Mississippi, 1946


by Morgan Holmes, dramaturg for Marie and Rosetta

When Sister Rosetta Tharpe and Marie Knight became an act in 1946 and set off on tour, the separate but equal doctrine of Jim Crow law was in full force. And it would be nearly a decade before Jet magazine published the funeral photos of Emmett Till, whose grotesque 1955 lynching in Mississippi was a flash point for the burgeoning Civil Rights Movement. While the explicit image of “white only” signs define the doctrine in the American consciousness, Jim Crow would play out in more complicated ways for Tharpe, as she worked to make a name for herself on the road.


“The rules that defined a group’s supremacy were so tightly wound as to put pressure on everyone trying to stay within the narrow confines of acceptability.”
– from Isabel Wilkerson’s The Warmth of Other Suns: The Epic Story of America’s Great Migration

It’s impossible to overstate how every aspect of white and black society was regulated under Jim Crow, from 1860s Reconstruction to the 1964 Civil Rights Act. Separate but equal facilities (i.e. entrances, waiting rooms, elevators) and institutions (i.e. hospitals, schools), hampered black social mobility and dignity, as well as literal mobility across the United States. Though growing access to the automobile in the 20s and 30s offered them independence from segregated buses and train cars, African-American travelers could find themselves on the road without a gas station, diner, hotel, or even bathroom at which to stop permissively and safely, especially in sundown towns, where imposed curfews and intimidating residents drove non-whites from the public sphere after dark. For the limited white-black interactions allowed, perceived disrespect was a capital offense. In Mississippi alone, white mobs, riled up with economic anxiety over the loss of black workforce to the Great Migration, and fear of job and social competition with those who remained, lynched 15 of the 33 total lynching victims on record for 1940-1949 in the U.S.

Jamecia Bennett, left, as Sister Rosetta Tharpe. Rajané Katurah Brown as Marie Knight. Photo by Petronella J. Ytsma.


“We always had to stay at someone’s house. Or you lived on that bus.”

-Singer Ruth Brown, Shout, Sister, Shout!: The Untold Story of Rock-and-Roll Trailblazer Sister Rosetta Tharpe

While Jim Crow worked to make the world impossible for African-Americans to navigate, the proliferation of the black church provided a sanctuary for community gathering. By the 1940s, there were over 3,000 black churches in Mississippi serving about 500,000 congregants, or 50% of the state’s African-American population. Each denomination developed a unique relationship to the secular world, from the Baptists’ political organization around civil rights, to the Church of God in Christ’s evangelical missionary work that birthed a circuit of churches and revival events across the nation. The circuit provided a stage, a built-in audience, and most importantly, easily attainable meal and board for a generation of singers who could not find commercial success in the secular, segregated music industry. Tharpe received her first radio plays from Sunday broadcasts of services at Miami Temple in Florida, attracting white audiences to the unusually integrated COGIC church and the gospel sound.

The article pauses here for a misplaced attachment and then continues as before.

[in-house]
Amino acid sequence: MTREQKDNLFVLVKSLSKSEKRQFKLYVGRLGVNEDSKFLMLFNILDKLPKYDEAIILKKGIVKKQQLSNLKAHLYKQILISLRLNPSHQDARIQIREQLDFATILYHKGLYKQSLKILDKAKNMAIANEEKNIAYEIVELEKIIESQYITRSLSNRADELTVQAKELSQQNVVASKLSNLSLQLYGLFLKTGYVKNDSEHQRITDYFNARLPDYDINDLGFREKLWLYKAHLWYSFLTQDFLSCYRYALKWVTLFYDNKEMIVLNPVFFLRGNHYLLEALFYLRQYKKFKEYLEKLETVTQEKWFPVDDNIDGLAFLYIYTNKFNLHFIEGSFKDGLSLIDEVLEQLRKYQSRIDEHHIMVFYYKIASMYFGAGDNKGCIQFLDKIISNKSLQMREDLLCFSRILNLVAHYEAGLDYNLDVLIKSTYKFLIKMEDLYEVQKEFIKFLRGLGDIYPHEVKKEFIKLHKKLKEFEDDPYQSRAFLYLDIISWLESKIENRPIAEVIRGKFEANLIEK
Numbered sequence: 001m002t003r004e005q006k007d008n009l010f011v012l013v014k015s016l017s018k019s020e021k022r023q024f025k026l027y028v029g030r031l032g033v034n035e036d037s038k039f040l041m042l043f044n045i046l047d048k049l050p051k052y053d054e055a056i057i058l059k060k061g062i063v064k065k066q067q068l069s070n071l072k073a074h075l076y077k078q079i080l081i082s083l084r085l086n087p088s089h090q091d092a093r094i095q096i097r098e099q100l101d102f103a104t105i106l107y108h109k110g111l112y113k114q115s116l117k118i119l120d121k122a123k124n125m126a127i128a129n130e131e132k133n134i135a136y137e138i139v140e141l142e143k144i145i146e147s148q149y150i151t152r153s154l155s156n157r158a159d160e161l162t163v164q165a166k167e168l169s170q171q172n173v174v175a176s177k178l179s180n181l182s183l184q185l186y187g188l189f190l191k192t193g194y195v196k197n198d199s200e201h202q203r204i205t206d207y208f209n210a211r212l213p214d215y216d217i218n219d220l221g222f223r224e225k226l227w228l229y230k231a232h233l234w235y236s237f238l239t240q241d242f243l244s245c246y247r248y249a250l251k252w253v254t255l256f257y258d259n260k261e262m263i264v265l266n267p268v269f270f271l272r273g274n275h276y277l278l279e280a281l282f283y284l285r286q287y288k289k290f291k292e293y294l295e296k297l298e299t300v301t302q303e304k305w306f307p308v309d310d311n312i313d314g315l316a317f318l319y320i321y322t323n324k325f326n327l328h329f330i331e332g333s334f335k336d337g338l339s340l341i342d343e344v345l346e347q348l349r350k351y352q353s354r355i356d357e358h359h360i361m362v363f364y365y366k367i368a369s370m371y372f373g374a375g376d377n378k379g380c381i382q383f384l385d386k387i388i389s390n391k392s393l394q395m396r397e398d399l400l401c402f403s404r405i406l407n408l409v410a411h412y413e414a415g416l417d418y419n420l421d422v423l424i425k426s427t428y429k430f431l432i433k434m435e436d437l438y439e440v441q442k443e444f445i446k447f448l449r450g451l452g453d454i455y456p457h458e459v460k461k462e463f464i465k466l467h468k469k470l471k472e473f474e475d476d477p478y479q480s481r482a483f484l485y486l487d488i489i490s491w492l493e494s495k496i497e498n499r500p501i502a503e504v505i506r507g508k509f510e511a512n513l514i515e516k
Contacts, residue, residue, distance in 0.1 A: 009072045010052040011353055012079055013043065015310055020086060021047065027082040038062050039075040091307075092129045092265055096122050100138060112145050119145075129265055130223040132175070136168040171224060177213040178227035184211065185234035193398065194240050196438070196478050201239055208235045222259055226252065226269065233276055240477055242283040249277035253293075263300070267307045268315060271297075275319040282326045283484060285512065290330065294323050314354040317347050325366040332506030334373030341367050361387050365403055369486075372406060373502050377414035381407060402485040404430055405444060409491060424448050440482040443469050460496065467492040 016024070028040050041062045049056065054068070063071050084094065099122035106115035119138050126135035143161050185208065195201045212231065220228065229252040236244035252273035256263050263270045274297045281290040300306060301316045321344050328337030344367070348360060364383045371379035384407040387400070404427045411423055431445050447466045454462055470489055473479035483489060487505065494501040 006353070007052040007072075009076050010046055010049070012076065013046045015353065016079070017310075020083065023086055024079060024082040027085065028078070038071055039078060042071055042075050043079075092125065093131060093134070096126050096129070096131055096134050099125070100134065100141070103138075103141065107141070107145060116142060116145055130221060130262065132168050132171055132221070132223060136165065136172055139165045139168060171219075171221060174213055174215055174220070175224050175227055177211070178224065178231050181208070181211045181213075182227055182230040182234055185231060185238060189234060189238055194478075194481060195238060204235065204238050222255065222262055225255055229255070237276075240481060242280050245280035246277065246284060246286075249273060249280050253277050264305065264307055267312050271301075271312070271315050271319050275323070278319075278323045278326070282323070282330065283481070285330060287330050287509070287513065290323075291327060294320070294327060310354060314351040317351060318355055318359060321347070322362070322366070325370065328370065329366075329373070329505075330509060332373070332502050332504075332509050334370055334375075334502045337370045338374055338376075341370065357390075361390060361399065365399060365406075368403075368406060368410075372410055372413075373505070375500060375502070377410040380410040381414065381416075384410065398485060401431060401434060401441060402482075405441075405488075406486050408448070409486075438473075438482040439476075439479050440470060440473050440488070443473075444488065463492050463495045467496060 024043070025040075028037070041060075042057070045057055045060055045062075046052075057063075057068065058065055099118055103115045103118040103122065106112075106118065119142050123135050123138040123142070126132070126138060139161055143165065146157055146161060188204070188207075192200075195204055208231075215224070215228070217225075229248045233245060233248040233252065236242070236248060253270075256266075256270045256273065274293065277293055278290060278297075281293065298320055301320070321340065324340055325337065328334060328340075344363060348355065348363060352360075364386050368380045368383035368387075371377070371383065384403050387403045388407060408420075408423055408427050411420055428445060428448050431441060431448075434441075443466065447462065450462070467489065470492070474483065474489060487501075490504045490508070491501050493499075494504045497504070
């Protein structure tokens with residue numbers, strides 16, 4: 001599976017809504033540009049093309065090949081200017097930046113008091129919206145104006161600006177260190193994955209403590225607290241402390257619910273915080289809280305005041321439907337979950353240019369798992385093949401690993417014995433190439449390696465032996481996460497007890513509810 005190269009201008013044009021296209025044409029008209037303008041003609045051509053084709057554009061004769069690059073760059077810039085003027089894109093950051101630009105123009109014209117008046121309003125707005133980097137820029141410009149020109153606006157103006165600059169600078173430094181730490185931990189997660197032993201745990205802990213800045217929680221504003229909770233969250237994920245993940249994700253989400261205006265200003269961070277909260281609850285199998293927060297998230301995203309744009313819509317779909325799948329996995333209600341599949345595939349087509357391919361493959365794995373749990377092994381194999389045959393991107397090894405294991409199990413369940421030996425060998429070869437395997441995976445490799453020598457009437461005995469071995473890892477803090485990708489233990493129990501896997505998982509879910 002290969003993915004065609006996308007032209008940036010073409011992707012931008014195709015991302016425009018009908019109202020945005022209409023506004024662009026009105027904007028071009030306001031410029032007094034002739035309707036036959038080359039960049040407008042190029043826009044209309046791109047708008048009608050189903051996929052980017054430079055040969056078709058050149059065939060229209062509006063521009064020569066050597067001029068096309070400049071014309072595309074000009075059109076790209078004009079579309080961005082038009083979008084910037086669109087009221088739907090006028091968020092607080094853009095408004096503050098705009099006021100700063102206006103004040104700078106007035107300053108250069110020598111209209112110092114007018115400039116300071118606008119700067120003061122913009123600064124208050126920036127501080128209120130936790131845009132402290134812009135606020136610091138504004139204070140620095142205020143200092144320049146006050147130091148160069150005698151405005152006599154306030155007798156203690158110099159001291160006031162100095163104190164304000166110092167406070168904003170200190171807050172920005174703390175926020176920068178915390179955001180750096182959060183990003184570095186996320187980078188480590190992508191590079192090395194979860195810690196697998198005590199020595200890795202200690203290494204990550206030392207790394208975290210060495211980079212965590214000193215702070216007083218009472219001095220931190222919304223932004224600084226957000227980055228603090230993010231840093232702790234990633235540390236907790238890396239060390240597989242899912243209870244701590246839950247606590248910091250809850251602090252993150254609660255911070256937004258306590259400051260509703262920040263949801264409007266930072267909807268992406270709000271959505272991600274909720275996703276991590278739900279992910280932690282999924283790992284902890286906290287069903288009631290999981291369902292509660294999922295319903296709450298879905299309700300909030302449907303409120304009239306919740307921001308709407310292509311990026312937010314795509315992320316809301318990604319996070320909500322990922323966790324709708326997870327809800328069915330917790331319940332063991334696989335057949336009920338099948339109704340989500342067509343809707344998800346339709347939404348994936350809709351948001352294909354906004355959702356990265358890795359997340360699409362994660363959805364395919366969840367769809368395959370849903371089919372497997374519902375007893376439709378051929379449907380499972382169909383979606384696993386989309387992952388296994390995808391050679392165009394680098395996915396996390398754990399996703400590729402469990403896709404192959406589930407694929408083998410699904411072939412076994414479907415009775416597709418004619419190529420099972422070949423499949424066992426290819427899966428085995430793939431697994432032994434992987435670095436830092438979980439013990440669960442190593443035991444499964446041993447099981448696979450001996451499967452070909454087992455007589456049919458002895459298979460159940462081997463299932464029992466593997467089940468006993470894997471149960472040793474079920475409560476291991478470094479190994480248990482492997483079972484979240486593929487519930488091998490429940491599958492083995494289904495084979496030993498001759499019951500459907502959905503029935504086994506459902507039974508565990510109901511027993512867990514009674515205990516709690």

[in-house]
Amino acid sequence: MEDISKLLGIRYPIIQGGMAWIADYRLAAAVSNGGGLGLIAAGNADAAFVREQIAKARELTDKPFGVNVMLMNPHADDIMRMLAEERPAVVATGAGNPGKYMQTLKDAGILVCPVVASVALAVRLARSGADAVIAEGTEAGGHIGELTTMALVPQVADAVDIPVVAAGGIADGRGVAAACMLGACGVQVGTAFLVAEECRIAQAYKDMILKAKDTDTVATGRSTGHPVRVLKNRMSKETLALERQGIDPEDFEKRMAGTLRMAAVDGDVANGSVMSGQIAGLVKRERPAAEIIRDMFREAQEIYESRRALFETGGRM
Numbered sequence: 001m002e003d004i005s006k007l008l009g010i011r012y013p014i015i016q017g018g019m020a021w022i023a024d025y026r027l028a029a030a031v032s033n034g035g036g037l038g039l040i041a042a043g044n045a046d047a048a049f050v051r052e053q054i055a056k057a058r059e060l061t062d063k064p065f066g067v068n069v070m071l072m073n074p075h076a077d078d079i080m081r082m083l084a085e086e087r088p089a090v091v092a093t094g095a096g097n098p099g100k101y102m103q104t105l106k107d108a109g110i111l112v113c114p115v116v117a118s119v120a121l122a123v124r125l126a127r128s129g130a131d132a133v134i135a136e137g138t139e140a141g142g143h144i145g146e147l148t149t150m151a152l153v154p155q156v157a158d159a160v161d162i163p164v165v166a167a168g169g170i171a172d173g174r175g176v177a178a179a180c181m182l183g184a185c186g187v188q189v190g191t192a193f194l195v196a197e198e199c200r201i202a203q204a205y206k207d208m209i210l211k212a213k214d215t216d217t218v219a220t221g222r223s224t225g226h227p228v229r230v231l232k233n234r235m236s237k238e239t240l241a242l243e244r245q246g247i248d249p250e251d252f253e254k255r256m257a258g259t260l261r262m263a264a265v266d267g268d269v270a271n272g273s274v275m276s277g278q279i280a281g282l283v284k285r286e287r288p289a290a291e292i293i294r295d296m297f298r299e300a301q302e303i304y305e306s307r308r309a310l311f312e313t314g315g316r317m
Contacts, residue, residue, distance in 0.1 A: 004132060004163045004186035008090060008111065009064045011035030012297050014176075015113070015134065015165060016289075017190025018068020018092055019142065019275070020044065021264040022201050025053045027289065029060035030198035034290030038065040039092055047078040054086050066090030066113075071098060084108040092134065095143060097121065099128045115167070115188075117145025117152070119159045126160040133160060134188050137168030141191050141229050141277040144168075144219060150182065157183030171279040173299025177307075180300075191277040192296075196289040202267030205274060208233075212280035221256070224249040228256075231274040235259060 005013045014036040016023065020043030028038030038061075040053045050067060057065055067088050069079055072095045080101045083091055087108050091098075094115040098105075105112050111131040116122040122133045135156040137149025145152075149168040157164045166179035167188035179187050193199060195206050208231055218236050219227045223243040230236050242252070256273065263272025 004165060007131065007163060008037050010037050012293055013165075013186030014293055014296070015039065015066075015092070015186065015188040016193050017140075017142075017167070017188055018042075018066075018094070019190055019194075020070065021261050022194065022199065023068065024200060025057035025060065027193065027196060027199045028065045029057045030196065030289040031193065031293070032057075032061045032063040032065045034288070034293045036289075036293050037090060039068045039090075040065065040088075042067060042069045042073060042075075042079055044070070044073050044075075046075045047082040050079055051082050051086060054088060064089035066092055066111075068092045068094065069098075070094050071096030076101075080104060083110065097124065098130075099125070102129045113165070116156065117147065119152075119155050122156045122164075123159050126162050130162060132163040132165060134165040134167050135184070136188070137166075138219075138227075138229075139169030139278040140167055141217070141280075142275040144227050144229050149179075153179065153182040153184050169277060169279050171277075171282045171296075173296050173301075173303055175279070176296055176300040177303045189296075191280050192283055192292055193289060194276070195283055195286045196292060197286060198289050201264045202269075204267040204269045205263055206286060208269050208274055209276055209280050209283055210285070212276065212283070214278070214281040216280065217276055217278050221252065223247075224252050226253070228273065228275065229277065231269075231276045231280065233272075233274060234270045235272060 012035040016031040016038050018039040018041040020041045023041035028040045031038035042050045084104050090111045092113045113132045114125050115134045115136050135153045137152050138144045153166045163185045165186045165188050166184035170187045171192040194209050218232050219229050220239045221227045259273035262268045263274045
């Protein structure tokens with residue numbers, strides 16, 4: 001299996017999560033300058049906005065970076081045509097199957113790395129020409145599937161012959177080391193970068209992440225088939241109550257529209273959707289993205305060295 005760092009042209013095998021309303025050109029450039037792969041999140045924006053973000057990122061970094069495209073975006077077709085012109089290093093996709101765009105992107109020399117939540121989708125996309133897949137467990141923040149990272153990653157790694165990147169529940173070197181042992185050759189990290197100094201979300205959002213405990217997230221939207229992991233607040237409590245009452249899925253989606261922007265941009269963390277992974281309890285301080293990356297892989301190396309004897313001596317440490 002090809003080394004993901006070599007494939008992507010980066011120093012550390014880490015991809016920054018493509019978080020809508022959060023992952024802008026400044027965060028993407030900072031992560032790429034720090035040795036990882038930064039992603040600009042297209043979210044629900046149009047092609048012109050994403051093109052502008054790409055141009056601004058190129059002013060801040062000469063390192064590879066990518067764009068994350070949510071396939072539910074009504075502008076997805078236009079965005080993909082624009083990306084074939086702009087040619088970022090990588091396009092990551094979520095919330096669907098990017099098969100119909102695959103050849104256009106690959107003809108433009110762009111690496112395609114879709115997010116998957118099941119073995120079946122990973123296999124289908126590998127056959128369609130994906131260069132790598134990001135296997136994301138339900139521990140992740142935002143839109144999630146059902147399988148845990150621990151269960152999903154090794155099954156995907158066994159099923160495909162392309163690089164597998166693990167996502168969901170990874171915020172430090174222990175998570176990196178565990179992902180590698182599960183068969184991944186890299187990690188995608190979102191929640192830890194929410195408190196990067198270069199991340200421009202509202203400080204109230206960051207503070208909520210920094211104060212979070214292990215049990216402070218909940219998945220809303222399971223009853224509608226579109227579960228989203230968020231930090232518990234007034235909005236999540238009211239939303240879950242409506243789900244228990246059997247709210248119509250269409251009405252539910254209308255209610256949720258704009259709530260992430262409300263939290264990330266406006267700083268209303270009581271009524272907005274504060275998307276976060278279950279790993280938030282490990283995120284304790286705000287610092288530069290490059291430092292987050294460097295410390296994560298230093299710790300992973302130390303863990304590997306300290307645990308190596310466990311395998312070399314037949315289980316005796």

“It will be a great day for us to suspend this publication for then we can go wherever we please, and without embarrassment.”

– Victor H. Green, introduction to the 1949 edition of The Negro Motorist’s Green-Book

In spite of the dangers and difficulties, African-Americans persisted in travel, subverting the status quo by packing their own meals, hiring white drivers to assist them and consulting national travel guides to plan their stops. Harlem letter carrier and activist Victor H. Green collected the classifieds of businesses nationwide that were proven safe for black travelers, and published them annually in the most popular guide, The Negro Motorist’s Green-Book, from 1936 to 1967. Mississippi’s listings expanded from only a few hotels and bed & breakfast-like “tourist homes” in 1940, to include restaurants, service stations, nightclubs, funeral homes, beauty parlors, barbershops, and a Jackson skating rink by 1949.

In a move befitting the gospel rock star, Tharpe gained further independence in the 1950s, after buying a tour bus to refurbish as a dressing room and place to sleep for her and her backup singers, The Rosettes. While Tharpe’s music may oscillate from obscurity to popularity to forgotten again, it is her own resilience – on the road and through the music industry – that allowed her story to survive.

Coming Next: Rosetta, Marie and Mahalia


Morgan Holmes is an all-around theatermaker – writing, directing, dramaturging and administrating across the Twin Cities. She is most interested in identity, ritual, intimacy, and internet culture, which she explores as co-creator of Perspectives Theater Company.

Marie and Rosetta is on stage now through Dec 30, starring Jamecia Bennett and Rajané Katurah Brown. Tickets available at parksquaretheatre.org or 651.291.7005.


The box office is currently closed. Please email tickets@parksquaretheatre.org with any questions.

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